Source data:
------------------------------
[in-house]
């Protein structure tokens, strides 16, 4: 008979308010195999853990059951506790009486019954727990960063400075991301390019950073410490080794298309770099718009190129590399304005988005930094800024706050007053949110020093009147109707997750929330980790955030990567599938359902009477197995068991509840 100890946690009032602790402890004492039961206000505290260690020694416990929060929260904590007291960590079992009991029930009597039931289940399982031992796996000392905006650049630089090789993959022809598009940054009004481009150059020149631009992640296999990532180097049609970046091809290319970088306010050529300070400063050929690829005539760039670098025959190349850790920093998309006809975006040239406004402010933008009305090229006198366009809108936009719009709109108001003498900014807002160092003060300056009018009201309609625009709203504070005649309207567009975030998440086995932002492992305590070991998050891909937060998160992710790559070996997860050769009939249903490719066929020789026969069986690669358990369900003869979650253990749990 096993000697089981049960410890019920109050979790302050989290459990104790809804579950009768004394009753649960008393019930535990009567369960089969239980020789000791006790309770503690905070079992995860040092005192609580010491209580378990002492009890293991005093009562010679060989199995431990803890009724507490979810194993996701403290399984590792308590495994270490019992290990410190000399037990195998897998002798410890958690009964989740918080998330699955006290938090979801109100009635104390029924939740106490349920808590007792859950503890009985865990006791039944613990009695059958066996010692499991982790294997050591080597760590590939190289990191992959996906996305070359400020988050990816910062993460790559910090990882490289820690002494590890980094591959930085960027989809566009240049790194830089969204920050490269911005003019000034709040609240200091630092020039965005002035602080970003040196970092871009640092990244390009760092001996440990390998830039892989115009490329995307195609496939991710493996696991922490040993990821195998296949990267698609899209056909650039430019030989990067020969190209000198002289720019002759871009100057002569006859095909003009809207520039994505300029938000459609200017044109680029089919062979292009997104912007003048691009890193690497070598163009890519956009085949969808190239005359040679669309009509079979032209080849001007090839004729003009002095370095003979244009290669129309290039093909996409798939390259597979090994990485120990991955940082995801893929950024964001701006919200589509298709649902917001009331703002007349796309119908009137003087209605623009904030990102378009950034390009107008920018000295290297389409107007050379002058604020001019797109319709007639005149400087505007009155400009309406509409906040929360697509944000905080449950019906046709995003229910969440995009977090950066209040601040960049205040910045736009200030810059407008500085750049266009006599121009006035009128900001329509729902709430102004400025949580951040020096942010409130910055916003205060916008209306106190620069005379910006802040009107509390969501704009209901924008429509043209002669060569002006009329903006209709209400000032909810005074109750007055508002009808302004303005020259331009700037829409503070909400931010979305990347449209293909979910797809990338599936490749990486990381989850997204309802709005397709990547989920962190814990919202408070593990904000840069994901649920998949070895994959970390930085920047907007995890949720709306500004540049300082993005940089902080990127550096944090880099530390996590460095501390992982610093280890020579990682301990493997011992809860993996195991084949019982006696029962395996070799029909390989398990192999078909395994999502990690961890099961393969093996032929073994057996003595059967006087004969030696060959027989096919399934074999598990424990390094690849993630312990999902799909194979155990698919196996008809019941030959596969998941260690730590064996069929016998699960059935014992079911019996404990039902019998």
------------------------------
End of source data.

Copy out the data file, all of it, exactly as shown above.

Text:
[in-house]
């Protein structure tokens, strides 16, 4: 008979308010195999853990059951506790009486019954727990960063400075991301390019950073410490080794298309770099718009190129590399304005988005930094800024706050007053949110020093009147109707997750929330980790955030990567599938359902009477197995068991509840 100890946690009032602790402890004492039961206000505290260690020694416990929060929260904590007291960590079992009991029930009597039931289940399982031992796996000392905006650049630089090789993959022809598009940054009004481009150059020149631009992640296999990532180097049609970046091809290319970088306010050529300070400063050929690829005539760039670098025959190349850790920093998309006809975006040239406004402010933008009305090229006198366009809108936009719009709109108001003498900014807002160092003060300056009018009201309609625009709203504070005649309207567009975030998440086995932002492992305590070991998050891909937060998160992710790559070996997860050769009939249903490719066929020789026969069986690669358990369900003869979650253990749990 096993000697089981049960410890019920109050979790302050989290459990104790809804579950009768004394009753649960008393019930535990009567369960089969239980020789000791006790309770503690905070079992995860040092005192609580010491209580378990002492009890293991005093009562010679060989199995431990803890009724507490979810194993996701403290399984590792308590495994270490019992290990410190000399037990195998897998002798410890958690009964989740918080998330699955006290938090979801109100009635104390029924939740106490349920808590007792859950503890009985865990006791039944613990009695059958066996010692499991982790294997050591080597760590590939190289990191992959996906996305070359400020988050990816910062993460790559910090990882490289820690002494590890980094591959930085960027989809566009240049790194830089969204920050490269911005003019000034709040609240200091630092020039965005002035602080970003040196970092871009640092990244390009760092001996440990390998830039892989115009490329995307195609496939991710493996696991922490040993990821195998296949990267698609899209056909650039430019030989990067020969190209000198002289720019002759871009100057002569006859095909003009809207520039994505300029938000459609200017044109680029089919062979292009997104912007003048691009890193690497070598163009890519956009085949969808190239005359040679669309009509079979032209080849001007090839004729003009002095370095003979244009290669129309290039093909996409798939390259597979090994990485120990991955940082995801893929950024964001701006919200589509298709649902917001009331703002007349796309119908009137003087209605623009904030990102378009950034390009107008920018000295290297389409107007050379002058604020001019797109319709007639005149400087505007009155400009309406509409906040929360697509944000905080449950019906046709995003229910969440995009977090950066209040601040960049205040910045736009200030810059407008500085750049266009006599121009006035009128900001329509729902709430102004400025949580951040020096942010409130910055916003205060916008209306106190620069005379910006802040009107509390969501704009209901924008429509043209002669060569002006009329903006209709209400000032909810005074109750007055508002009808302004303005020259331009700037829409503070909400931010979305990347449209293909979910797809990338599936490749990486990381989850997204309802709005397709990547989920962190814990919202408070593990904000840069994901649920998949070895994959970390930085920047907007995890949720709306500004540049300082993005940089902080990127550096944090880099530390996590460095501390992982610093280890020579990682301990493997011992809860993996195991084949019982006696029962395996070799029909390989398990192999078909395994999502990690961890099961393969093996032929073994057996003595059967006087004969030696060959027989096919399934074999598990424990390094690849993630312990999902799909194979155990698919196996008809019941030959596969998941260690730590064996069929016998699960059935014992079911019996404990039902019998």